• "A crisply written page turner . . . Rachlin painstakingly renders Grimes's life behind bars . . . Deploying the same precision with which he documents Grimes's prison life, Rachlin recounts the arduous and complex work to move the wheels of justice . . . Read Ghost of the Innocent Man to follow its twisted path . . . but don't read for the gripping story alone . . . The National Registry of Exonerations calculates that over 18,000 years have been lost by innocent people serving time . . . Shouldn't we be better than this?"—Martha Anne Toll, NPR
  • "Intriguing . . . A gripping legal-thriller mystery . . . This is a story that profoundly elevates good-cause advocacy to greater heights-to where innocent lives are saved . . . This empathetic book tells the story of the beginnings of the movement to right a national crisis of wrongful convictions-and of one of its first victories . . . A fine piece of investigative journalism."—Don Oldenburg, USA Today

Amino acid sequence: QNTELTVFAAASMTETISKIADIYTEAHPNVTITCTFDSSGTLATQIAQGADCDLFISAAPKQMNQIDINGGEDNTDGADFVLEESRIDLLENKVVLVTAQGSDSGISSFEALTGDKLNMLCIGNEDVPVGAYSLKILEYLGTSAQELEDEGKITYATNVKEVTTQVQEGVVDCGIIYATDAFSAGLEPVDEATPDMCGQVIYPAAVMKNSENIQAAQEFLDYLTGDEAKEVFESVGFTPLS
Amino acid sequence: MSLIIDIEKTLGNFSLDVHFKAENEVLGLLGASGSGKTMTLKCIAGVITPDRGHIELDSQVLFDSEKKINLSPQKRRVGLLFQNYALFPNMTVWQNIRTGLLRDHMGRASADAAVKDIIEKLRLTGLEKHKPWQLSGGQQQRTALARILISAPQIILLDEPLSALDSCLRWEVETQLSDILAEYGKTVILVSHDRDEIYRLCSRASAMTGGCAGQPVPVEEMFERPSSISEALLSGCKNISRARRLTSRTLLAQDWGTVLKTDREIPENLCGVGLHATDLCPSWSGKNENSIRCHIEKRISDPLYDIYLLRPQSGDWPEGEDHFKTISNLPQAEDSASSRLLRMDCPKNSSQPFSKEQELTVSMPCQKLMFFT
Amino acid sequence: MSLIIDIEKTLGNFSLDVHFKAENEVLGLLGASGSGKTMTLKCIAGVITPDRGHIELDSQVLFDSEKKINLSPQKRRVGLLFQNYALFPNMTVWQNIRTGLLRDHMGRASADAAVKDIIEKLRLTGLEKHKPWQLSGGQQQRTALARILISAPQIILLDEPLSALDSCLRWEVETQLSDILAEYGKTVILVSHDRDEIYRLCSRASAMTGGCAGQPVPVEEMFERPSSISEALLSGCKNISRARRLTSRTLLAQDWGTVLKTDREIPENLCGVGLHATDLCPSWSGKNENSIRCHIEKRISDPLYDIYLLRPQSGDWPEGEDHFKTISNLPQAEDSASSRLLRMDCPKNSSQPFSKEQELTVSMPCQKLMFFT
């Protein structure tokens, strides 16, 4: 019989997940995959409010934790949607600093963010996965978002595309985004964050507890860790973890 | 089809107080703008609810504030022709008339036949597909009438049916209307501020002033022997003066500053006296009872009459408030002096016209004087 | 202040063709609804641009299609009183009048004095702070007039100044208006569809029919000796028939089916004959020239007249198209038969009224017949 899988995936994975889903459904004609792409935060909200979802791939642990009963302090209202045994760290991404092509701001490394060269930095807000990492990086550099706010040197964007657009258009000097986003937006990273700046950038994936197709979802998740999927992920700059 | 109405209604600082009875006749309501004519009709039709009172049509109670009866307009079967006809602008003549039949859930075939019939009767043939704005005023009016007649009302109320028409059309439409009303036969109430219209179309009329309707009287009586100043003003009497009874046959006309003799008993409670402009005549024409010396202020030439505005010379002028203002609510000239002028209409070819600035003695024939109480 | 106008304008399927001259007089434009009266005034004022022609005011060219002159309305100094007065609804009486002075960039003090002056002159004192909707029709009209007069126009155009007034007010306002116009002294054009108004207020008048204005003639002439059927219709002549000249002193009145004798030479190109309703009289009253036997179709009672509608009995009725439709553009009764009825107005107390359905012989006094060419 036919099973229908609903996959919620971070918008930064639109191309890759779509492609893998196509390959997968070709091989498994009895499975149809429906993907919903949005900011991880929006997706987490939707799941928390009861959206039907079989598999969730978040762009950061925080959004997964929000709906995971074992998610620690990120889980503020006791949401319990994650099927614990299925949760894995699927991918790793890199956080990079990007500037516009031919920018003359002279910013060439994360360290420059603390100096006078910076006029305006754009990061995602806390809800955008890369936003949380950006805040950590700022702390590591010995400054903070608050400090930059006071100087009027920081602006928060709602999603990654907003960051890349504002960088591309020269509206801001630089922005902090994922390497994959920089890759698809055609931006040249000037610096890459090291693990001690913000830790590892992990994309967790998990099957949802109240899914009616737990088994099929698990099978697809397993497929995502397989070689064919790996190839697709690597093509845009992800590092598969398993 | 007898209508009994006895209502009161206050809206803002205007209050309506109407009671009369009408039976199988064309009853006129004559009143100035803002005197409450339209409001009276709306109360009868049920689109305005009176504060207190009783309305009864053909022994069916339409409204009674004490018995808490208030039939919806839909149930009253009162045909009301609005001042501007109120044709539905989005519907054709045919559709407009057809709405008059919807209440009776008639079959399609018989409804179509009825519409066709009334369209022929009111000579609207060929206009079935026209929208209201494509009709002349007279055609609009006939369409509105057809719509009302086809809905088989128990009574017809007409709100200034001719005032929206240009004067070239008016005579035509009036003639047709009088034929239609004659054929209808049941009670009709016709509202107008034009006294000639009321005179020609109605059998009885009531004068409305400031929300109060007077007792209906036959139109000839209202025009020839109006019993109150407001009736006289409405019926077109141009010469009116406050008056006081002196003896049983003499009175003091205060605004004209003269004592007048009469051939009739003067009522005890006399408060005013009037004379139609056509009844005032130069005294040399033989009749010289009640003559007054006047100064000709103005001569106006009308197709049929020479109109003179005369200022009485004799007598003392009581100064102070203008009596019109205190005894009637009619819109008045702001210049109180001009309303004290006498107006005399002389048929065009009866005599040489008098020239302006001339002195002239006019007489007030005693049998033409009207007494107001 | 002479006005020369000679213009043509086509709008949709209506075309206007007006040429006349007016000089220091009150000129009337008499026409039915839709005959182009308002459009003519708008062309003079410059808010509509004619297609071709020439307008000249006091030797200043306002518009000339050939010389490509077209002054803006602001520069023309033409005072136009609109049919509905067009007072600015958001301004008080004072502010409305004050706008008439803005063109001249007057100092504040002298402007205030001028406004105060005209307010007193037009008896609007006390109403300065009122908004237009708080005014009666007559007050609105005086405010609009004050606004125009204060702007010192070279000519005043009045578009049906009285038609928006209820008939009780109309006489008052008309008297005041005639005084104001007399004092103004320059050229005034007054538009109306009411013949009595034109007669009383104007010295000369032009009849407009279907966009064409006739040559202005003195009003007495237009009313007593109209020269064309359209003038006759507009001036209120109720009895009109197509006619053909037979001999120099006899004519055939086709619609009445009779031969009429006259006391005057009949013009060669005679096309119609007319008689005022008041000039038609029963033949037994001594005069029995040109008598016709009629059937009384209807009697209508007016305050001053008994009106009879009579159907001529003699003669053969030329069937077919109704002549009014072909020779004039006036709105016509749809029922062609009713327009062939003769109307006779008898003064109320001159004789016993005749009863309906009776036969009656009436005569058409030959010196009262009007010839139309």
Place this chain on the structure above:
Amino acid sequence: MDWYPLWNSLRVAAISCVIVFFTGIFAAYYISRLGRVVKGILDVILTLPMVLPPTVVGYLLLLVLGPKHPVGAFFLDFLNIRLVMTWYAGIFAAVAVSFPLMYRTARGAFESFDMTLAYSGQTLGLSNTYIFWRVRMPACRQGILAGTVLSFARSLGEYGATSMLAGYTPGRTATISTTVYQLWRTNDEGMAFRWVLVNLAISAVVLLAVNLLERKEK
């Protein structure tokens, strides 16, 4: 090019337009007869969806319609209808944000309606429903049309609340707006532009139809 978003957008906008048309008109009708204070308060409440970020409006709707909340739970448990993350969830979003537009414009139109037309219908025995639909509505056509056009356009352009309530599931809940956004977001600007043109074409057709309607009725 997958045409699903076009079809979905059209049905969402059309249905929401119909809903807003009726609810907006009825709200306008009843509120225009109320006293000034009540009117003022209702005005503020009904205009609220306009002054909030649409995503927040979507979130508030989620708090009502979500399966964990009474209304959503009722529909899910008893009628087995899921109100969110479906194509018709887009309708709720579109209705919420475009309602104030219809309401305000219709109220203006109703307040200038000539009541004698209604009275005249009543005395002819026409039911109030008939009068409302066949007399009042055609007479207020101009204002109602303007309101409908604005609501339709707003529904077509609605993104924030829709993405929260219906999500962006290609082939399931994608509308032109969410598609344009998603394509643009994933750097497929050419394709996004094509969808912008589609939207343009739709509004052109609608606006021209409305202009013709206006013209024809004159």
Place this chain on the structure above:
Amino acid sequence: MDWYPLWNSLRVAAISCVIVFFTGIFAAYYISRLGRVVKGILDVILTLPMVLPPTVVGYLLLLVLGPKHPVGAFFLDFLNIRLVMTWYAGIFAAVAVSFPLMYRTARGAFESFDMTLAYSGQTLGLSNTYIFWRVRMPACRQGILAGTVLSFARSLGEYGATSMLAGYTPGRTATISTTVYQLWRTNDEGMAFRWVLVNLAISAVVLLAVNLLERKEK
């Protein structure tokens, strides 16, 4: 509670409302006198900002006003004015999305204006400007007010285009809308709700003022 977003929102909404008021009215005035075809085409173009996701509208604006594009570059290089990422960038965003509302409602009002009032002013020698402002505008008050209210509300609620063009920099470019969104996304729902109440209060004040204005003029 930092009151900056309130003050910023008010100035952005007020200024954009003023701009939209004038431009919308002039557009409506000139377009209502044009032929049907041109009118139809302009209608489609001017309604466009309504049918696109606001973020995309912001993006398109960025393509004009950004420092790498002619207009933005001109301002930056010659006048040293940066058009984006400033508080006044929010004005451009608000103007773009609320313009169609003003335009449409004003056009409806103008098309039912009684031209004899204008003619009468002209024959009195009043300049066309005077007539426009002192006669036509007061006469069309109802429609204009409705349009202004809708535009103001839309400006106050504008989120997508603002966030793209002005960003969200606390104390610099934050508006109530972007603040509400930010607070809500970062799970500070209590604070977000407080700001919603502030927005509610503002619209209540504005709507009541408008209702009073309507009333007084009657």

• "Rachlin vividly describes the anguish that would well up in Grimes again and again during his twenty-four years behind bars . . . In Rachlin's skilled hands, Grimes's story triggers indignation but also confers solace, Grimes [himself] being one of the solacing features."—Dennis Drabelle, The Washington Post
  • "Dramatic and eye-opening . . . A hopeful story . . . By showing us that the specter of wrongful convictions involves flesh-and-blood human beings, Ghost of the Innocent Man confronts us with the cruelest injustices of the criminal justice system, even as it also holds out hope for a more humane future."—San Francisco Chronicle
  • "One of the most powerful aspects of Ghost of the Innocent Man is its portrait of time behind bars--the transfers, delays, and letter-writing campaigns that form the scaffolding of lives in limbo . . . A story so important and infuriating it is hard to look away."—Claudia Rowe, Seattle Times
  • "Ghost of the Innocent Man is nothing less than a masterpiece of investigative reporting and virtuosic writing. It is a book that brilliantly substantiates society's elemental promise to its citizenry-that we not have our freedoms wrongly taken from us. Benjamin Rachlin's book is Greek drama brought into our own times. It will change readers' lives, I think, and inspire them. It's that good."—Richard Ford